Angel in the Nursery

Karen Kapoor 

By Regina Canuso

Opening and running a new childcare program is never easy, even in the best of times, so it is particularly notable that Karen Kapoor has successfully launched Foundry Montessori school, a woman- and minority-owned business, during a pandemic. Located in Cold Spring, NY and serving 21 children aged 3 to 6, Foundry Montessori was licensed by OCFS and opened in June, 2021. 

Basic to the philosophy of Montessori is for children to get to know the community and natural world around them, according to Karen, so “we do a lot of exploring by foot”. Karen has been a leader in the community, gathering volunteers to support the nearby West Point Foundry Preserve which provided the inspiration for the name of the school, and where children spend a lot of time exploring its many features, including walkways, a marsh, waterfall and river. It made sense to Karen to name the school after this local resource so important to the children’s development, because a foundry is a foundation and “philosophically we are building the foundation of great minds” in her program.

Though Karen contends that the children have been “resilient” during the pandemic, she acknowledges the challenges, especially because of social distancing and wearing masks. Though they started the year masking consistently inside but had the option of being mask-free when outdoors, after a Covid case occurred, the rules tightened and since then children are masked and socially distanced out of doors as well as inside.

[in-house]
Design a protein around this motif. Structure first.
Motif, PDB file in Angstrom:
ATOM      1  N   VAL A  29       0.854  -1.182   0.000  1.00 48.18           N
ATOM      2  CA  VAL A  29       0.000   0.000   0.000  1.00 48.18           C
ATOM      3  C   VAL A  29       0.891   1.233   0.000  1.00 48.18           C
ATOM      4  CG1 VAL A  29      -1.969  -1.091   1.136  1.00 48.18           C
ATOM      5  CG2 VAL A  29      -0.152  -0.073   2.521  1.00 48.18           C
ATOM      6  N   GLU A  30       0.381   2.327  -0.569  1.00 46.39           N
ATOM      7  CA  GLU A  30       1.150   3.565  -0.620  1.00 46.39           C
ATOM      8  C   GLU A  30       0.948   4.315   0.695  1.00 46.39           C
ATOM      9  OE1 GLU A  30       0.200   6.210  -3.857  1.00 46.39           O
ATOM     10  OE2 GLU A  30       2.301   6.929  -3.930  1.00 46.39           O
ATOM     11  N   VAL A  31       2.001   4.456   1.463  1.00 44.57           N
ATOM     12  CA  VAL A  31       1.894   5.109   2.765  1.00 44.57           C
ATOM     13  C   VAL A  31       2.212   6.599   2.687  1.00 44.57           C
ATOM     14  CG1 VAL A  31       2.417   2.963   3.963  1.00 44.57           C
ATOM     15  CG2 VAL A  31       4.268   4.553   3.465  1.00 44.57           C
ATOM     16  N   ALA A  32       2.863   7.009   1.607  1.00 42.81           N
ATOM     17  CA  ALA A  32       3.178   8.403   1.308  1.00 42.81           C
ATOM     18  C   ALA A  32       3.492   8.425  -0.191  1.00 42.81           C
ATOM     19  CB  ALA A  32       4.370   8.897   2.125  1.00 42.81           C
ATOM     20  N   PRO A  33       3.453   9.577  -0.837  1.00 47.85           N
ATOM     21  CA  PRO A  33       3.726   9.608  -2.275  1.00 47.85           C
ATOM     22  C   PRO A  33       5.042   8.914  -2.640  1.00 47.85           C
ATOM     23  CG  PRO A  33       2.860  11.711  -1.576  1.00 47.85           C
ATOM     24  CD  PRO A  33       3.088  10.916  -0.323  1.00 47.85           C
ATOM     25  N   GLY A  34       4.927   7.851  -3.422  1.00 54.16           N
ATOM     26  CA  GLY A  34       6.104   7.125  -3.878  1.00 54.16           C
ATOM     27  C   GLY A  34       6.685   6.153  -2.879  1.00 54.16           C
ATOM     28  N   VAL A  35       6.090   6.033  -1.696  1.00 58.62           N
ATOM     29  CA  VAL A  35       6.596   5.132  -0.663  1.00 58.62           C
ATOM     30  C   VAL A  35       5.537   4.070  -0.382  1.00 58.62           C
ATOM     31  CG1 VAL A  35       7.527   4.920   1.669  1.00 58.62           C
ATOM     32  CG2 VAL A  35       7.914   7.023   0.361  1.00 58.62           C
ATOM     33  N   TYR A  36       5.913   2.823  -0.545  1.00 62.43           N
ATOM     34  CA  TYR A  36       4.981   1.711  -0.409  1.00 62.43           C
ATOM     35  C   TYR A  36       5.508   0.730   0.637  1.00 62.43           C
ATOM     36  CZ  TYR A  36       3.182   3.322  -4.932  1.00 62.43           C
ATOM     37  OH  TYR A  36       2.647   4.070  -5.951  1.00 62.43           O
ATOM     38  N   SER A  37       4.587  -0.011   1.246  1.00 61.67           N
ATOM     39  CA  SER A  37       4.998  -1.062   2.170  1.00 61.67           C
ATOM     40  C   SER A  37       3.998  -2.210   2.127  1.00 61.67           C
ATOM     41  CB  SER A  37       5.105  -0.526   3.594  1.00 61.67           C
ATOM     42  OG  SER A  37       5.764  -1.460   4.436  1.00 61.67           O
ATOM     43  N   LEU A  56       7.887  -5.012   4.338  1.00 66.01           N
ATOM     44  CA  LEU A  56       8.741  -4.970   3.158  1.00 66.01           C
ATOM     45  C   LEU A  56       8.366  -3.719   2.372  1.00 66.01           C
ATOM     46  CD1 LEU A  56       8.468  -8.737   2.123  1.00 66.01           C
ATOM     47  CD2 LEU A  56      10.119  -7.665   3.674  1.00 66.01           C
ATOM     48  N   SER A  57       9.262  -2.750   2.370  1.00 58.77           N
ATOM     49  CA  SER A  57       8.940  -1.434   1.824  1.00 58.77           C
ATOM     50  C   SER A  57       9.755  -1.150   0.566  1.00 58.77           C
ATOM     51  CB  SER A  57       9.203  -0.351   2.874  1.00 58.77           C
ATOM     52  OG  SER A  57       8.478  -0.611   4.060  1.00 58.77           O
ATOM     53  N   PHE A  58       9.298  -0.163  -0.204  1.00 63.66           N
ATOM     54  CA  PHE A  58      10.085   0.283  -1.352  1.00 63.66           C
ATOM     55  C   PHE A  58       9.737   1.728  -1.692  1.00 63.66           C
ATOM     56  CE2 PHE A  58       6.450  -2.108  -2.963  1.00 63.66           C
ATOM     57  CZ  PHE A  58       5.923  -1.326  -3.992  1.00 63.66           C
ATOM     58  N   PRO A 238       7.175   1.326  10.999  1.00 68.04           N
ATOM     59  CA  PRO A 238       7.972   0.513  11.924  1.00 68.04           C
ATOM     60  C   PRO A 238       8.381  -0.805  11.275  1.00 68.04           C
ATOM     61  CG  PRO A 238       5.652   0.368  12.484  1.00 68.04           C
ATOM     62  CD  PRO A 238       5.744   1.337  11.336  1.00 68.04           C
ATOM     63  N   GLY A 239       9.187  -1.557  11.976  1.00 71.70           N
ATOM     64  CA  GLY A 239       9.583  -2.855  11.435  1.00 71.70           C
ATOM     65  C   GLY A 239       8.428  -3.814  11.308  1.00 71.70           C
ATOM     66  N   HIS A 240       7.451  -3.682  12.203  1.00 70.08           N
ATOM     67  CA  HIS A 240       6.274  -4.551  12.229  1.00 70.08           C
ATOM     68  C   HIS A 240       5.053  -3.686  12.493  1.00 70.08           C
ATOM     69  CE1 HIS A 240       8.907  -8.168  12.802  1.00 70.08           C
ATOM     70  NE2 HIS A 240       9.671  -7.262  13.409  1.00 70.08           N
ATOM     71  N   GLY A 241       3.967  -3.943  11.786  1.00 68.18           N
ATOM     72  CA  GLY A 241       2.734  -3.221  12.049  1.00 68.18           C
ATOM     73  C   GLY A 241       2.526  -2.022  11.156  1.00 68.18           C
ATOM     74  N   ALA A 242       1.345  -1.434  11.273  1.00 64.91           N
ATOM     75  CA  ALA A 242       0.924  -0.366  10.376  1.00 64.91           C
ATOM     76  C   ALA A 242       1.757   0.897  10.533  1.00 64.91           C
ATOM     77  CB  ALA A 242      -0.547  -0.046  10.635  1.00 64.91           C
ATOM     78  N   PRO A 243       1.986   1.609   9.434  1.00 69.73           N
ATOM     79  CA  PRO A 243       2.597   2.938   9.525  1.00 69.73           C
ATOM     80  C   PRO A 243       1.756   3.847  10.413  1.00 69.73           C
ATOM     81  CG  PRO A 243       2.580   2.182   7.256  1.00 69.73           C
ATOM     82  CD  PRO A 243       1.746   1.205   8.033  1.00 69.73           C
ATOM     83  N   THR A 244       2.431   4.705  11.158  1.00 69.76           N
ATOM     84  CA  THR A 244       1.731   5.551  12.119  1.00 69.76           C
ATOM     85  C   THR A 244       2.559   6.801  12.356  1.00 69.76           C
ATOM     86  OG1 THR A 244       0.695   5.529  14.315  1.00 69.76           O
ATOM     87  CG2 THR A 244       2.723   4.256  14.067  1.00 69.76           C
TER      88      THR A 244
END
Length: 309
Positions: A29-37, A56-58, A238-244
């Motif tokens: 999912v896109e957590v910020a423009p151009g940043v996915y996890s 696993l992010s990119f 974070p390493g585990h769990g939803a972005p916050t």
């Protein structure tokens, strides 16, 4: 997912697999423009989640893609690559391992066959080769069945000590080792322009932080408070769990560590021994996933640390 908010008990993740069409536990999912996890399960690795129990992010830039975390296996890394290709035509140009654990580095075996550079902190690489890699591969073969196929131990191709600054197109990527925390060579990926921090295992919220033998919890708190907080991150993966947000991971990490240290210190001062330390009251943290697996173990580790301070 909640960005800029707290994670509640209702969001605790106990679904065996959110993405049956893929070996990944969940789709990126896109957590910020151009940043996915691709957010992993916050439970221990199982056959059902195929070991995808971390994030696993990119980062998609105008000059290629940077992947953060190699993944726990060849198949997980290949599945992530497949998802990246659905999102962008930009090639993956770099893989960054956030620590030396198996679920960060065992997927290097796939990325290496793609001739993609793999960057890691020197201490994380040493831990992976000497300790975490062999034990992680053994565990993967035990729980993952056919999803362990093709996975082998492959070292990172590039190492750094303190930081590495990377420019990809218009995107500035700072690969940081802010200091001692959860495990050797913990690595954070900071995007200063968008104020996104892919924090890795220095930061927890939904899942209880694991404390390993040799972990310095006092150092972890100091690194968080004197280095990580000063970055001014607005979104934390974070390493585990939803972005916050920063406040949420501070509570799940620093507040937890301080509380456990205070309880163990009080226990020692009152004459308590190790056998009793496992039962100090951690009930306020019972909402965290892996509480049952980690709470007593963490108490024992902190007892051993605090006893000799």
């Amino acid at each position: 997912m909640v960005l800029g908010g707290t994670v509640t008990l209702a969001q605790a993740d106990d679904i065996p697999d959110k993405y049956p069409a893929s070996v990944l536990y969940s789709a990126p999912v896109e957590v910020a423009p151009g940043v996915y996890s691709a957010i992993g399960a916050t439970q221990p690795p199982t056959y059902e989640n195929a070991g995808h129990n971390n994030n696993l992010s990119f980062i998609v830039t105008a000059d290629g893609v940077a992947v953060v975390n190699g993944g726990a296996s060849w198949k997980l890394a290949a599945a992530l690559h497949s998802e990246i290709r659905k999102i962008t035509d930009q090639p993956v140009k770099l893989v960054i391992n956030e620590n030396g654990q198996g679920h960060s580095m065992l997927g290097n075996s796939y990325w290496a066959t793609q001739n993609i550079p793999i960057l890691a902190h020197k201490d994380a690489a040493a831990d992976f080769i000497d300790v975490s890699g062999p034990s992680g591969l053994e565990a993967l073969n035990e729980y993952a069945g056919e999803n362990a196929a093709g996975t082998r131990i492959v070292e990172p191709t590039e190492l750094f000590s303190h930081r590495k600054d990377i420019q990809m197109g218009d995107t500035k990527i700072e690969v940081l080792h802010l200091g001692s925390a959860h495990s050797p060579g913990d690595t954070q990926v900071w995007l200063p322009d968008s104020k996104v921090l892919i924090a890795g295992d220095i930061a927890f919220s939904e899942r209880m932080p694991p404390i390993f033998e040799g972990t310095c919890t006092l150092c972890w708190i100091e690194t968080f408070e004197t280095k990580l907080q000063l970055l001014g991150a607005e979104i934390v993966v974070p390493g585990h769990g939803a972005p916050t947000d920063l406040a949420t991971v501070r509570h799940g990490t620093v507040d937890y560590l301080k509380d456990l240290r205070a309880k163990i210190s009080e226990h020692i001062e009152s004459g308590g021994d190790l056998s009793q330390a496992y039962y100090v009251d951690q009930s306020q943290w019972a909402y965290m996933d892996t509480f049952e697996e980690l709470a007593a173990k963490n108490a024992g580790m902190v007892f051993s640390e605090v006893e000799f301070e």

Karen states that “not being able to see people’s mouths makes a difference”. In order to optimize communication even while masked, teachers use their “theatrical side” with gestures such as hand and eye cues, and when kids are especially in need to see their lips to know how a word is formed, teachers will momentarily stand at a distance and pull down their mask to mouth a word or sound. Children are taught to pay attention to and ask each other how they are feeling to compensate for not seeing each other’s faces fully. In spite of all these efforts, children are having “a lot of problems with articulation” and  five of 21 enrolled children are now getting speech therapy. Karen says “I blame the mask”, as usually there would be only one or two who need speech services. 

Because early childhood is the “most essential” time for building a foundation for lifelong learning, Karen is passionate about giving children as many experiences to help them grow as is possible, even within the limitations imposed by the pandemic. As parent Naomi Cook has noted, “Karen understands how children think, so no matter where they’re coming from emotionally, developmentally, and academically, it feels like she can get into the child’s head and really work with them to grow in all those areas. Her enthusiasm for children, learning and all things human, just make her one of the best educators I’ve ever met!”

For her creativity and leadership in designing and running an excellent childcare center, especially in the midst of a pandemic, NYZTT is delighted to present Karen Kapoor with the designation of “Angel in the Nursery”.